Archive for May 3rd, 2011

May 03 2011

13 Legal Warrantless Searches in the United States

I provide advice about how to write novels, comic books and graphic novels. Most of my content applies to fiction-writing in general, but I also provide articles specifically about superhero stories.

If your characters are police officers, warrants are a hassle.  They’re designed to be (so that the police can’t just intrude on citizens’ privacy without cause).  To obtain a search warrant, the police must show a judge that they have “probable cause” (substantial evidence demonstrating that they’re likely to find evidence of a crime at the location or on the person specified on the warrant).

 

Reasons why a character might not be able or willing to obtain a warrant:
 

  • Time.  Under the best of circumstances, a police officer can get a warrant within an hour, but in smaller towns, there might not be any judges on duty in the middle of the night.  Also, judges will be slower to respond if the case is less urgent (i.e. no lives are at stake).
  • The police may not have probable cause yet.  Gotham’s police may find it suspicious that Bruce Wayne always seems to disappear right before Batman shows up, but that isn’t enough to get a search warrant for Wayne Manor.
  • Search warrants come with limits attached.  For example, if the police/district attorney can convince a judge that a murder victim’s body has probably been stashed at a house, the judge would probably allow a search of the house but only places where a body would fit. If the police started searching drawers or other small containers, any resulting evidence would probably be inadmissible.

So let’s say an American police officer doesn’t have a search warrant.  Under what circumstances can he legally search?

 

1.  The suspect voluntarily lets officers inside and/or consents to a search. “Hello, I’m Detective Smith and I have some questions.  May I come inside?”  If an owner lets the officer come inside, anything within plain view of the officer is admissible as evidence.  If an owner consents to a search, anything found is admissible.  Note: Consent must be freely and knowingly given.  If the officer uses deception or threats to obtain permission, any resulting evidence will probably be thrown out at trial.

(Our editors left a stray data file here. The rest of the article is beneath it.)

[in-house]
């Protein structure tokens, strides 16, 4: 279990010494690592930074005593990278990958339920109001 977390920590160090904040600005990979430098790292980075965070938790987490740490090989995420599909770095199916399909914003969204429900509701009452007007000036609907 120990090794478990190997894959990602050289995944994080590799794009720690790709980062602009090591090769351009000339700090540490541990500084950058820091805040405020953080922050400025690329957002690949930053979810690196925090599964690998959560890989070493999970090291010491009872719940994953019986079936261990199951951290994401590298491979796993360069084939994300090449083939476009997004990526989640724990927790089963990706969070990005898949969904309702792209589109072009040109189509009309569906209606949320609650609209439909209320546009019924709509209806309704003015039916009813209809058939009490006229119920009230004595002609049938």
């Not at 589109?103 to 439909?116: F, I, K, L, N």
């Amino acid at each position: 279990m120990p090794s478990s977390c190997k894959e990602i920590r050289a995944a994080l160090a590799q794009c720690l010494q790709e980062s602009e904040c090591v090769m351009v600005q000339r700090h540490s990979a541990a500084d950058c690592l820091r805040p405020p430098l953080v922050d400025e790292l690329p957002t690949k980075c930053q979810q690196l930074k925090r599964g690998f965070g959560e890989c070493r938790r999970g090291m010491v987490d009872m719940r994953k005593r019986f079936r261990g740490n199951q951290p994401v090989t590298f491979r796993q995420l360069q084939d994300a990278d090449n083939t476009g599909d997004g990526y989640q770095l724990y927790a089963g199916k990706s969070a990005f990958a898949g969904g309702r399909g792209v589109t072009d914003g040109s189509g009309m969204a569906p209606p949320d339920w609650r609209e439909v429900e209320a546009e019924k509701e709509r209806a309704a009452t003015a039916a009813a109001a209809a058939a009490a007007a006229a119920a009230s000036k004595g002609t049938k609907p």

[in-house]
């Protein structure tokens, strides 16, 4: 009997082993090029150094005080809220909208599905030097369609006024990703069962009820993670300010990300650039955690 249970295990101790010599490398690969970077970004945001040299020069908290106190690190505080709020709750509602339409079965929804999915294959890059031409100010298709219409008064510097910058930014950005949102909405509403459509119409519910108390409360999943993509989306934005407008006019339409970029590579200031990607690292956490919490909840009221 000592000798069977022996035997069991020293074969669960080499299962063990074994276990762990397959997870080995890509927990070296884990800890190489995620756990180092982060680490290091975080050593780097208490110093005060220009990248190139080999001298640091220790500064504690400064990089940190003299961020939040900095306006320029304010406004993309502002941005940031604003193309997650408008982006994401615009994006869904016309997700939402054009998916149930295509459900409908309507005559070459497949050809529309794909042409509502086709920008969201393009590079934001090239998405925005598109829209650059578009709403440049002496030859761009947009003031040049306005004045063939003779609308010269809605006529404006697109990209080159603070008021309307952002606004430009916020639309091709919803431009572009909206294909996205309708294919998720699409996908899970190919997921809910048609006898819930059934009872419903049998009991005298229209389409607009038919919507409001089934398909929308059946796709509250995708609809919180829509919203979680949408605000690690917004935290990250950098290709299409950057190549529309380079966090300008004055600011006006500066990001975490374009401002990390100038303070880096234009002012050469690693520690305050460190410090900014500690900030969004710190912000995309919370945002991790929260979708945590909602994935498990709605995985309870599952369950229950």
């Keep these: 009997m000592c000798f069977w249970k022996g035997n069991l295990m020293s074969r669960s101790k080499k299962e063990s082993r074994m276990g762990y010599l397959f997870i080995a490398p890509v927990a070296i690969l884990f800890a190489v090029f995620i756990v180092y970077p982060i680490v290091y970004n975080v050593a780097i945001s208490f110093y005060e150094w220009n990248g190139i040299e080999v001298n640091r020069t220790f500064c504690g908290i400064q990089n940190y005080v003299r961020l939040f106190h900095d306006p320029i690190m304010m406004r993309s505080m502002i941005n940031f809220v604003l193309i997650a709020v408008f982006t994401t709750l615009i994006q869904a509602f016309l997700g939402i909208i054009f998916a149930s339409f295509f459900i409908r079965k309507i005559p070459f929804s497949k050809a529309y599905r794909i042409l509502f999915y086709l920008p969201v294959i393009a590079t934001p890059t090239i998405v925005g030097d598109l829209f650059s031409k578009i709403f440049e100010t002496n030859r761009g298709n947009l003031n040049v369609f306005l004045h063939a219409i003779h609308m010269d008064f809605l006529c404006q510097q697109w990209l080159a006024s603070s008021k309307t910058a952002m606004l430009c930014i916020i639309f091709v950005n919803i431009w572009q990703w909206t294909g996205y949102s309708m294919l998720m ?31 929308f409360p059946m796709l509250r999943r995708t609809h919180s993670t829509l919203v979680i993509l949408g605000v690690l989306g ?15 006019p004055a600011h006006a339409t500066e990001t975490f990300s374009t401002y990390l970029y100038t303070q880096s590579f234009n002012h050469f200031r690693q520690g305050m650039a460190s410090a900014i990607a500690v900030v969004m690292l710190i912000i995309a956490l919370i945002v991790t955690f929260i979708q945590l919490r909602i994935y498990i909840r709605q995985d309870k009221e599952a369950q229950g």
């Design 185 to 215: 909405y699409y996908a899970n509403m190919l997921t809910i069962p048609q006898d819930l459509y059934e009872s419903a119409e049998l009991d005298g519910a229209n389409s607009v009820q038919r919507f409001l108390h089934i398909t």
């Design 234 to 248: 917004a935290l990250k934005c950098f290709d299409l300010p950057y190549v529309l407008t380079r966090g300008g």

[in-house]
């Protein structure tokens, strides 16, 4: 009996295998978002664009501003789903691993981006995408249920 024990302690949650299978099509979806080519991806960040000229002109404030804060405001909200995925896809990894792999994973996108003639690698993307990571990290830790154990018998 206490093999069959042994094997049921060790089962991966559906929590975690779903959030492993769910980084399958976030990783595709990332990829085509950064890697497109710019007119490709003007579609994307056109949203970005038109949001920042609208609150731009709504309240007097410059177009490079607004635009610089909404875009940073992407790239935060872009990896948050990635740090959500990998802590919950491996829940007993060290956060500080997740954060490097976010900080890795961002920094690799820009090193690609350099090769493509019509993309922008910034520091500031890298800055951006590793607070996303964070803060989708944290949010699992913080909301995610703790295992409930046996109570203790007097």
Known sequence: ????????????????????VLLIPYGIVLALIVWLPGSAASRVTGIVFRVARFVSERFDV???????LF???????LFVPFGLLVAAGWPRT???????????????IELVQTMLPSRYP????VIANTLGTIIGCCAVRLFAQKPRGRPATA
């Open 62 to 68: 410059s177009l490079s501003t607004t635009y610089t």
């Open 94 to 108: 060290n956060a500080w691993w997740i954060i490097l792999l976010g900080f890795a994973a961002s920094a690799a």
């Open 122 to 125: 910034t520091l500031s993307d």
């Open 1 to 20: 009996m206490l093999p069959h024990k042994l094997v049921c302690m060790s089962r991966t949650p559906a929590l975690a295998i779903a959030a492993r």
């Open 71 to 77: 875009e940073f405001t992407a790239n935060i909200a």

2.  In certain circumstances, permission may be given by a third party. Third parties are almost always more receptive to searches because they have less reason to fear the police than criminals do. 

  •  A spouse (or anybody with equal rights to the property) can let police search.  Frequently, spouses don’t know about the criminal activity and will let the police look around if asked nicely.  One really effective tactic is emphasizing the possibility that the search may help clear the suspect.  (“We’ve received some troubling information about your husband and we’d like to clear his name as soon as possible.  Do we mind if we look around? We’ll leave everything like it was and you can watch us.  Or we can come back with a warrant later, but it’ll be messier”).
  • An employer can let police search a workspace (including lockers and computers).  “We’ve received some troubling information about your employee.  Could we check his computer?  We’ll be real quiet.”  Note that a manager may be leery about offering access if she fears that the company is somehow involved in the crime.  If so, police can gently prod the manager with veiled threats like “We can come back later with a warrant, but if we do, we’ll have to cordon off the building.  It’d be bad for business.”
  • Police can ask school officials for permission to search the lockers, purses and backpacks of minors without a warrant.  School officials don’t have much reason to decline such a request (they hate crime as much as the police do).
  • When a child lives with his parents, a parent can allow police to search the child’s space unless the child pays rent or has otherwise established exclusive, private ownership over his space.
  • A host can allow police to search a guest’s quarters. A landlord cannot.
  • Hotel employees can let police search a vacant room.  See #9 for more details.
  • Store-owners are usually very cooperative about sharing surveillance footage.  But you’ve got to be fast!  Many stores cut down on costs by retaping over old footage every few days.

 

3.  Exigent circumstances–action is immediately necessary to prevent physical harm, preserve evidence or prevent a suspect from escaping. For example, let’s say your officer is on patrol when he hears a scream from inside a building.  He would be entitled to force entry to investigate a possible assault in progress.  Anything he sees in the course of investigating this possible assault would be admissible, even if it wasn’t related to the assault (e.g. drug paraphernalia).

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